A down-on-his-luck businessman desperately takes the only job offered - a teacher in the U.S. Army. His mission: keep a ragtag bunch of underachieving misfits from flunking out of basic ... See full summary »
Henry Hackett is the editor of a New York City tabloid. He is a workaholic who loves his job, but the long hours and low pay are leading to discontent. Also, publisher Bernie White faces ... See full summary »
A down-on-his-luck businessman desperately takes the only job offered - a teacher in the U.S. Army. His mission: keep a ragtag bunch of underachieving misfits from flunking out of basic training! Be on alert as this unlikely new teacher and his underdog class unexpectedly inspire each other to be all they can be! Written by
The writer, Jim Burnstein, and his family can be seen behind Danny DeVito when Bill Rago and his daughter are at the Tigers game. To the right of Mr. Burnstein are his son Gabe, daughter Devon and his wife. Usually Mr. Burnstein and Gabe are the only ones visible on screen. See more »
Although the movie is set in Detroit, when Bill Rago takes his daughter Emily to a Detroit Tigers game you can see a Toronto Blue Jays symbol on the field. See more »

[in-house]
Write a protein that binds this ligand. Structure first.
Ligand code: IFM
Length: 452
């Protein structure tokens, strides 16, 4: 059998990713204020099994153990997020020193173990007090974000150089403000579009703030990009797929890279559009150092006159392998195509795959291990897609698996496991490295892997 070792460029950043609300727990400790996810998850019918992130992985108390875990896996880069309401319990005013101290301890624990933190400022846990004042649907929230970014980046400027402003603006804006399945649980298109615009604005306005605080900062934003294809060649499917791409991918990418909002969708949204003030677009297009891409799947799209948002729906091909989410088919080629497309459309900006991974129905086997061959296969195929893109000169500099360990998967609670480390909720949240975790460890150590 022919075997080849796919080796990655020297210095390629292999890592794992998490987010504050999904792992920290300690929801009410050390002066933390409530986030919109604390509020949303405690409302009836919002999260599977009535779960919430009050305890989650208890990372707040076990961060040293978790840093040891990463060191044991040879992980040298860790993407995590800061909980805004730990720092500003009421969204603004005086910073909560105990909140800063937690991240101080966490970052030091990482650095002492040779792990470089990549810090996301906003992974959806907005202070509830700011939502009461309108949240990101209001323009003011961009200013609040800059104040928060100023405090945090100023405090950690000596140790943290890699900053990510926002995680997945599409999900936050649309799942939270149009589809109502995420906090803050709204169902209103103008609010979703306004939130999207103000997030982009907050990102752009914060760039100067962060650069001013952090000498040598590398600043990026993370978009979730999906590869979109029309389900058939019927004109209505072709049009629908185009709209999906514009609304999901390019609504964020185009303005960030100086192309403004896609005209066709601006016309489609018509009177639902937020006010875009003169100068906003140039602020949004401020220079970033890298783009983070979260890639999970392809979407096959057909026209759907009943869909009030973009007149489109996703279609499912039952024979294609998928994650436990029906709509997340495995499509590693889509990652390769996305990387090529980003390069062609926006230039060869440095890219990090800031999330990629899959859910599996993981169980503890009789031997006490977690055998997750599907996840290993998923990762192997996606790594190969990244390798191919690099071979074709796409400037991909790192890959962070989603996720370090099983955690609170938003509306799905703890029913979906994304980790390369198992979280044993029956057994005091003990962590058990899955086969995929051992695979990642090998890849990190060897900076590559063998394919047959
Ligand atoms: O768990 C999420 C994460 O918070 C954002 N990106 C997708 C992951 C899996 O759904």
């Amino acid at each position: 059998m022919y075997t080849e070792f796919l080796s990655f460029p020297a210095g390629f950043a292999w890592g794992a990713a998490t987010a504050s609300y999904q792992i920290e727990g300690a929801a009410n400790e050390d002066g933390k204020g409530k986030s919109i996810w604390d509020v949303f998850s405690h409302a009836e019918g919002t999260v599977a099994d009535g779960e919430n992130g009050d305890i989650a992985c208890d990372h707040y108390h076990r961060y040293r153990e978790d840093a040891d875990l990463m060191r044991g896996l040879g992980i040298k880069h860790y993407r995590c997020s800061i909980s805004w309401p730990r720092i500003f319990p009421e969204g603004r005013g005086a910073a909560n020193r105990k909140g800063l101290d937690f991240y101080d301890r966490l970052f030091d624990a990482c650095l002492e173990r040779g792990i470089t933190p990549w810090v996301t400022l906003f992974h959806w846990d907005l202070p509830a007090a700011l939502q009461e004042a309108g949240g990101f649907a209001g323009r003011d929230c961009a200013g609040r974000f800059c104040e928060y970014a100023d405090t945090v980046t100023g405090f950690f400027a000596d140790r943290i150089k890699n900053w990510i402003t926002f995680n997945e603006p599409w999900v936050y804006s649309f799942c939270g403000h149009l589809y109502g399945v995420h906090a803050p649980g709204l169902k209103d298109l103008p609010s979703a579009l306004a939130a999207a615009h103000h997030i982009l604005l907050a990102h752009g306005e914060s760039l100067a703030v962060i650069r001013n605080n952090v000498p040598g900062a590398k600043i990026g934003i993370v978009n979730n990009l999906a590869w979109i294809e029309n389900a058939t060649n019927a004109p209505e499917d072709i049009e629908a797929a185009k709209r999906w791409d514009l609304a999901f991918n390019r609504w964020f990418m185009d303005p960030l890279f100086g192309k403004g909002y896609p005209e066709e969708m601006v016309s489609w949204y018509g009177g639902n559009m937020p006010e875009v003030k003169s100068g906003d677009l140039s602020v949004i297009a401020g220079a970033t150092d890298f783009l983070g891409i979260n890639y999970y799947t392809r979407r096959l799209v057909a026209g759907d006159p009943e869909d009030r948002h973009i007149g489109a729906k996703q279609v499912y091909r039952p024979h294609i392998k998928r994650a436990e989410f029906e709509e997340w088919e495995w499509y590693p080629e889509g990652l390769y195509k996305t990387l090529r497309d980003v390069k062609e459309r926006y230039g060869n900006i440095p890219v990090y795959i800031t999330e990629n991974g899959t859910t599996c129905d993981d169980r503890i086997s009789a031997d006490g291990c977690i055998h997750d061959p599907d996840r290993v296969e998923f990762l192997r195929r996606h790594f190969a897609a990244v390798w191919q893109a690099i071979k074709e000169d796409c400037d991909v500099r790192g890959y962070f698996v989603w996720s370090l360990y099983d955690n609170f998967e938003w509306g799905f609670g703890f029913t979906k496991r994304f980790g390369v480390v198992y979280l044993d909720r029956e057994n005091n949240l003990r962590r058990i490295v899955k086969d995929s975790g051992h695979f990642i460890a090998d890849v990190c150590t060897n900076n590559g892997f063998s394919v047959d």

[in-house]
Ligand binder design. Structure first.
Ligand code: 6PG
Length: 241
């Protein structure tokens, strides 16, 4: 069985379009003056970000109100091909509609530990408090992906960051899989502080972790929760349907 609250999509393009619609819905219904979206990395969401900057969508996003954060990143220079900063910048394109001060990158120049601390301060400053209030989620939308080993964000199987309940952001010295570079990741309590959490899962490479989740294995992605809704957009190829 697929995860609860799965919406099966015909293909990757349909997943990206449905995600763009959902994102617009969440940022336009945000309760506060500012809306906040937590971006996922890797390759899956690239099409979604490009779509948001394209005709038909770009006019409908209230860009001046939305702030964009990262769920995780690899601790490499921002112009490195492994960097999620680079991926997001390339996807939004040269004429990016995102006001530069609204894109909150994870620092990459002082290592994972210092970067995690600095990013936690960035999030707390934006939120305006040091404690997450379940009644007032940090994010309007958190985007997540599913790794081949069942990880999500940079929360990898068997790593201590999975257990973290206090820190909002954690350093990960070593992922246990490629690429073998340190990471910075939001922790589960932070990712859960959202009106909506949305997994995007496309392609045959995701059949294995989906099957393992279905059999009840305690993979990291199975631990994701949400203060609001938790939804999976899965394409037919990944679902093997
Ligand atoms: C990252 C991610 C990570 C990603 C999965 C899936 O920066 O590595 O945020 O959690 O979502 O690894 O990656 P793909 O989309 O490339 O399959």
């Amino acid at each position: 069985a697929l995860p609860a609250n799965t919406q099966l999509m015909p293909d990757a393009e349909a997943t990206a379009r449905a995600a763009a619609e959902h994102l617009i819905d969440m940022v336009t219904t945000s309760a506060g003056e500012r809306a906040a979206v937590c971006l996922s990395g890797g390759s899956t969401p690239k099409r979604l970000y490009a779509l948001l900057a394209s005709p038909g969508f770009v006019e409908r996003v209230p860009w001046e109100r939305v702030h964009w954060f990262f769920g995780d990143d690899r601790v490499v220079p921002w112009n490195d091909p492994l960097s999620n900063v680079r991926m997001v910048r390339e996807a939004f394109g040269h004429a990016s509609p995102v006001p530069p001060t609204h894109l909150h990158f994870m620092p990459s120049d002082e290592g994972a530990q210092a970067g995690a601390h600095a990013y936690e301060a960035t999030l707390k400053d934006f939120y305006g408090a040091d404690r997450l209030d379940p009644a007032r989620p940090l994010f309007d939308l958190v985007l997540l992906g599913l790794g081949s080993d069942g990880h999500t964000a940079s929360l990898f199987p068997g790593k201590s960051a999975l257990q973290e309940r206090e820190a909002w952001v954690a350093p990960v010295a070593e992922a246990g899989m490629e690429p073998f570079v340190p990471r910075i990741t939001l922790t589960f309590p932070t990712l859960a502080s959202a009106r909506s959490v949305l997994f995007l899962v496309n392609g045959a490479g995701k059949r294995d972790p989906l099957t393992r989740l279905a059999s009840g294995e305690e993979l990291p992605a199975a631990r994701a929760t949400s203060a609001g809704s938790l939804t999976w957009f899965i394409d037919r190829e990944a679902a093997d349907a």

See it for the Shakespeare, enjoy it for it's redemption plot and strong performances.
This is a feel good movie, not very deep BUT well conceived, written and acted. DeVito is excellent as a failing marketing man being transformed into a thoughtful, caring army educator. As important is the film's excellent presentation and discussion of the works of Shakespeare.
No surprise, DeVito's self centered abrasiveness meets with antipathy. Army officers don't care. Convinced of their own worthlessness, DeVito's students are disinterested, at best. During the semester, DeVito, mellows, students learn enough to advance,and Army brass begins to appreciates the new teacher.
The best part of this film is not DeVito's or the student's redemption but the film's beguiling Shakespeare presentation. DeVito teaches the Bard with passion. The writers deliver illuminating, focused student dialog. As one who didn't "get" Shakespeare until seeing MacBeth a year after graduation. This movie was a better class than anything I took in high school or college.
Enjoy the film and the class.
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